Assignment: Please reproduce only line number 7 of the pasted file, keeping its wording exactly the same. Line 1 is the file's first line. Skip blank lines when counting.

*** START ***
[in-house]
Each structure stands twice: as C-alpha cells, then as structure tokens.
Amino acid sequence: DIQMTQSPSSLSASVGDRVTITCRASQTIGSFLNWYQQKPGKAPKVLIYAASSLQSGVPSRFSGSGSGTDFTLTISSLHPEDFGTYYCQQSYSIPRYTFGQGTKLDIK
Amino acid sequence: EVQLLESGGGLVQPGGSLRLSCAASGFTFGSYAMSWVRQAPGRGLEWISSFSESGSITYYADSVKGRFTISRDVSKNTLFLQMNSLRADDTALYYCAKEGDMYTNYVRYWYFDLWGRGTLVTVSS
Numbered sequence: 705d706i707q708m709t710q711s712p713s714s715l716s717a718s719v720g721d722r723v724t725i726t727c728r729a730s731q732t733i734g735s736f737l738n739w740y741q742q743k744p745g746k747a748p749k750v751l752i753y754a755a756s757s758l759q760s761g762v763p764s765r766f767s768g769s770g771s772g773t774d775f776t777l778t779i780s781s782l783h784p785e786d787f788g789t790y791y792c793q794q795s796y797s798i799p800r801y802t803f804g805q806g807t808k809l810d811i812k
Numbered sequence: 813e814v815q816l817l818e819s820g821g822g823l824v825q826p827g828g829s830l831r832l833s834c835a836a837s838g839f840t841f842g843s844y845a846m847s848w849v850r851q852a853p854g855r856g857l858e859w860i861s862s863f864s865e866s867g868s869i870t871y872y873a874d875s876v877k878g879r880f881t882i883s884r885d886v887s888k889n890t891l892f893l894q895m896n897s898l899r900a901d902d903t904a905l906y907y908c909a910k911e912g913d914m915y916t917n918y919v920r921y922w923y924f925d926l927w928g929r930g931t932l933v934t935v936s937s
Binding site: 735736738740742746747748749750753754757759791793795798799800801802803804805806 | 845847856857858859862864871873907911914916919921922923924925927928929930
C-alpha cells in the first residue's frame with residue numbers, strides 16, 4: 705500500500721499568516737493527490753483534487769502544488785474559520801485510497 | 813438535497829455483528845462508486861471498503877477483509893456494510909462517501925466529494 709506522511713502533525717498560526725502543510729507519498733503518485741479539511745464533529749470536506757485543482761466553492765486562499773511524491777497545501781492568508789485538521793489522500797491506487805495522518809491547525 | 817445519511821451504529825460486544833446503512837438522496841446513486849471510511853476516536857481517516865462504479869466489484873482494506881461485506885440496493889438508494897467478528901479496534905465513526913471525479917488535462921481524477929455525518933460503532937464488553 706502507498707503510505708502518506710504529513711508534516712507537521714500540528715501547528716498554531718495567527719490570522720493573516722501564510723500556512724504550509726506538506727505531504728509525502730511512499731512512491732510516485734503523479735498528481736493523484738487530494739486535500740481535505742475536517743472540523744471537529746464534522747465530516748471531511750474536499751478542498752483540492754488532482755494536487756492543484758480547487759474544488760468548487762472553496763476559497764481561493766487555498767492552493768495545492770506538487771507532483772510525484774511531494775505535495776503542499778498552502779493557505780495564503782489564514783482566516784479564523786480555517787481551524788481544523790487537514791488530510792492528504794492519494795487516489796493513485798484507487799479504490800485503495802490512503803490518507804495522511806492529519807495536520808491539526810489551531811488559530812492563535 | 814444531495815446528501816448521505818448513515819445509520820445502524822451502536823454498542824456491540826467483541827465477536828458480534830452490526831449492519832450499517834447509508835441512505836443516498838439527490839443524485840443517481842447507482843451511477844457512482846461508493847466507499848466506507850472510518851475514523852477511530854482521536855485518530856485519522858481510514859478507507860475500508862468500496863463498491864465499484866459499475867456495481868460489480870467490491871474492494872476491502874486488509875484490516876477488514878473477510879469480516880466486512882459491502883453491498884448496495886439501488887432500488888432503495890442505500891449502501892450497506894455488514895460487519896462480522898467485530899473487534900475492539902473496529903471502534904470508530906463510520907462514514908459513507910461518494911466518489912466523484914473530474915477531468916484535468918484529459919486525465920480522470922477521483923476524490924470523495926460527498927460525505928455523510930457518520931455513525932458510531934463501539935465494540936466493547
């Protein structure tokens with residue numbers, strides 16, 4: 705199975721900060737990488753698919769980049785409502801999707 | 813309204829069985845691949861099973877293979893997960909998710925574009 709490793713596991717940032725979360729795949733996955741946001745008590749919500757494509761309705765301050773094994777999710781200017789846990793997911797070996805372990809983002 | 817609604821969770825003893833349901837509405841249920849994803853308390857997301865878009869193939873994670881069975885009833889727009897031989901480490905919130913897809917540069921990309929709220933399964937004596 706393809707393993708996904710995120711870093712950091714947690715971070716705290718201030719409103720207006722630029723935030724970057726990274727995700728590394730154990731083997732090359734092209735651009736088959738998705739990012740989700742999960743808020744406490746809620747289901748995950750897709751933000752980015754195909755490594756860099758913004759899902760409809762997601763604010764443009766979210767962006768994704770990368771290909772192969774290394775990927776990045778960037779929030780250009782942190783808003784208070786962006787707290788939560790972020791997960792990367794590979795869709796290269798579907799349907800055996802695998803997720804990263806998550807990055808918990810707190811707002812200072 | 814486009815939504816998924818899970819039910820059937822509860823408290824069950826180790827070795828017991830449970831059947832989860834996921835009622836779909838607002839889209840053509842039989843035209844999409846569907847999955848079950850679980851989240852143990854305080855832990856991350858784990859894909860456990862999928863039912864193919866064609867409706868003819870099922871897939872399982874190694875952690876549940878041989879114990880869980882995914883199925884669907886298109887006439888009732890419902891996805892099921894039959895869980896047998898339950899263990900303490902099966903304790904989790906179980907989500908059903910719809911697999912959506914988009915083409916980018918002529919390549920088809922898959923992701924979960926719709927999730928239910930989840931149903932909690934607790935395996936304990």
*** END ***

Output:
Binding site: 735736738740742746747748749750753754757759791793795798799800801802803804805806 | 845847856857858859862864871873907911914916919921922923924925927928929930